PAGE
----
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COVID-19 Testing And Your Legal Responsibilities

Nicholas Wooldridge



Medical professional taking a nasal swab test during COVID-19 crisis - Image via Adobe Stock

Although many states are now dialing down restrictions targeted towards slowing the COVID-19 illness curve, this is not the time to go back to business as usual, especially if you’ve recently tested positive for coronavirus but do not need hospitalization. Recent guidelines still advise self-isolating for two weeks after being exposed to the virus, even if you do not show symptoms or are not a serious case. In order to flatten the curve, it’s still important to stay home as much as possible, even if you haven’t been exposed.

With UNLV Medicine now offering testing to those who meet CDC guidelines, it’s easier than ever for residents of Las Vegas and its outer communities to ensure that they are tested when they show symptoms and know when to go to the hospital and when to self-isolate at home. Following these regulations is important to public health and to slowing the curve of this pandemic that has already claimed the lives of 50,000 people.

Personal Injury Issues with COVID-19

But what happens if someone who knows that they are a carrier for COVID-19 does not follow these guidelines? As a personal injury attorney, many of my clients are worried. I’ve heard from quite a few who are now wondering if someone else’s neglect or irresponsibility for exposing others to the virus can result in future legal issues. 

The Las Vegas mayor’s recent comments about opening up the economy again have spiked the amount of worry in many Nevadans, who just want the virus to be over and for everyone to be safe. Those who are immunocompromised should still be isolated at home until it is deemed safe, but for those who are still going out to grocery shops or to work if you are essential, you risk being exposed to these individuals who flaunt the guidelines. 

It’s still too early to tell exactly how the courts will respond to personal injury cases involving COVID-19. Many court systems and judicial offices are closed at the moment, with important workers still working from home when possible, and this creates uncertainty in how future judges will look at personal injury cases involving the virus.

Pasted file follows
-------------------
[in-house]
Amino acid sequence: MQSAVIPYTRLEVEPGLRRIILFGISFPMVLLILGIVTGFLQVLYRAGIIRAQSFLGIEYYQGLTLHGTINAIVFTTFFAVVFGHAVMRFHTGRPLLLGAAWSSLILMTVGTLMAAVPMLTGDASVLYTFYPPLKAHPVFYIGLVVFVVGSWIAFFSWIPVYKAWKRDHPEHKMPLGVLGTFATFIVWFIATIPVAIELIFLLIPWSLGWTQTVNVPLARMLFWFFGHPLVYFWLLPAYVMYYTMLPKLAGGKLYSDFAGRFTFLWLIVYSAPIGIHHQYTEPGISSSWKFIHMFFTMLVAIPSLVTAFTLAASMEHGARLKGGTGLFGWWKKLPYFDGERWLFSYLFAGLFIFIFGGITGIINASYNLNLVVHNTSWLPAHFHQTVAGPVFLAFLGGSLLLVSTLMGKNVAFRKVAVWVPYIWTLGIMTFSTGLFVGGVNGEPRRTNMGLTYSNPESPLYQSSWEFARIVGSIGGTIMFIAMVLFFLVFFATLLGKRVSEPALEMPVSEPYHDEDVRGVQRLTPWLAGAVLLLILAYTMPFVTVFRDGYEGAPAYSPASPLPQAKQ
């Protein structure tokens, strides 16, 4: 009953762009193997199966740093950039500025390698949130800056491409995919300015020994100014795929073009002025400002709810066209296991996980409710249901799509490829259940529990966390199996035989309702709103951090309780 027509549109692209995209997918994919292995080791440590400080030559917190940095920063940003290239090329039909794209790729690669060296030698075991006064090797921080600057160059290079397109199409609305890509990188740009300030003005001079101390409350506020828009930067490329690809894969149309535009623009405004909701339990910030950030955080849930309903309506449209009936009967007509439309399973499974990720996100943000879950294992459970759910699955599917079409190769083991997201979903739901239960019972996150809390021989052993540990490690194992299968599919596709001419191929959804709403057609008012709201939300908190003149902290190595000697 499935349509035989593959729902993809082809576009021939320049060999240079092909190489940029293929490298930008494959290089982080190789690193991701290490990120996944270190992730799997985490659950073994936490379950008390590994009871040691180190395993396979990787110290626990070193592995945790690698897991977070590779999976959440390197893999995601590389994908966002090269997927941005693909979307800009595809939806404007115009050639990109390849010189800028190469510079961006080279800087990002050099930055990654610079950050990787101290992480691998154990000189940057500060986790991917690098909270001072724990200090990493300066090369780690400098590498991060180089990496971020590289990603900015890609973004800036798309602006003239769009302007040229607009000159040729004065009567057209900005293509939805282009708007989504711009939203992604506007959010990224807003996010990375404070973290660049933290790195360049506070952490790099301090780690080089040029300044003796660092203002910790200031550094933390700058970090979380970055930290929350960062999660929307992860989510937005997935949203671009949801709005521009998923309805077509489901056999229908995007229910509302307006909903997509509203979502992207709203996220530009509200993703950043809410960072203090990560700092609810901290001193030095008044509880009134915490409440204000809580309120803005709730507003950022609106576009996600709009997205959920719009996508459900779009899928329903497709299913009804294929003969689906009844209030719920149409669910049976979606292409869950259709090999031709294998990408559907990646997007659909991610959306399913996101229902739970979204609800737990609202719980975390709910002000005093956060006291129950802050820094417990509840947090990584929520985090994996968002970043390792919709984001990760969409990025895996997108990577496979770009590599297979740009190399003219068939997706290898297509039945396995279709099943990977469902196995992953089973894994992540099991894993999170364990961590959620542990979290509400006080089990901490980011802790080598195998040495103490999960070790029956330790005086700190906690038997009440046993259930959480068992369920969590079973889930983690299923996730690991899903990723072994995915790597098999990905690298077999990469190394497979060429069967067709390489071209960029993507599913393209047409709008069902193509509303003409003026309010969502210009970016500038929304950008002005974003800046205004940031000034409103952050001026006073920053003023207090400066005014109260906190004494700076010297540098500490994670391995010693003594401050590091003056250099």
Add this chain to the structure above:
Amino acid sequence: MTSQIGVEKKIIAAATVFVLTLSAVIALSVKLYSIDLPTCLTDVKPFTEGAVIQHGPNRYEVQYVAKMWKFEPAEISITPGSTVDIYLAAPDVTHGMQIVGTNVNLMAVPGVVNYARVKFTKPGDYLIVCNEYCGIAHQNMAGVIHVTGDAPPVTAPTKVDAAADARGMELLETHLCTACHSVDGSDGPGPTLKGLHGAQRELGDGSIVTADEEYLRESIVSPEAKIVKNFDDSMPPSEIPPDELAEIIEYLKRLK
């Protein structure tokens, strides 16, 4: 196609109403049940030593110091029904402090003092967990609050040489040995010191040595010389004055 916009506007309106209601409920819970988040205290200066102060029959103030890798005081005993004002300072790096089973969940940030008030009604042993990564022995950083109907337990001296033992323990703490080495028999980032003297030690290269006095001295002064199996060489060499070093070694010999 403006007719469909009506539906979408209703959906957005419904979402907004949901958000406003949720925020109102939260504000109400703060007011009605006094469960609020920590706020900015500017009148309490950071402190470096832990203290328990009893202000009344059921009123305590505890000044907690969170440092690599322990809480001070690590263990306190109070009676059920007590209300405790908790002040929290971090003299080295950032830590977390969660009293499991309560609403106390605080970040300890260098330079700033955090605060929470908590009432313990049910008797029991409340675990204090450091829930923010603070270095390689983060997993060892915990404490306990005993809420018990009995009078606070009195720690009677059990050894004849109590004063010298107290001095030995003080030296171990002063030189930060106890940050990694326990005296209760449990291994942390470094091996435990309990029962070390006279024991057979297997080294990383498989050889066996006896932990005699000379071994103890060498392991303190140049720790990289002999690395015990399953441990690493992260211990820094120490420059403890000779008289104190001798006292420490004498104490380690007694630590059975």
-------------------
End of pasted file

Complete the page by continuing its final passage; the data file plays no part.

There is also the fear that, with hospital systems overloaded, medical malpractice claims will soar against doctors who are working long, intense shifts. While this is a valid concern, the virus does not excuse malpractice from caretakers or medical practitioners, but these will also probably be handled after the virus passes as well.

The court systems may be shut down for the time being, but that doesn’t mean you should wait to consult a personal injury attorney if you’re concerned about any of these issues. Whether online or over the phone, many attorneys are now working from home, answering calls from concerned clients who want to ensure they are protected in the event of an issue like those outlined above. 

If you believe you’ve been a victim of intentional COVID-19 exposure or medical malpractice related to the pandemic, please contact our offices as soon as you can to speak with an attorney who can guide you through the next steps of this legal battle.  LV Personal Injury Lawyers, 400 S. 7th St #450, Las Vegas, NV 89101, (702) 800-4660


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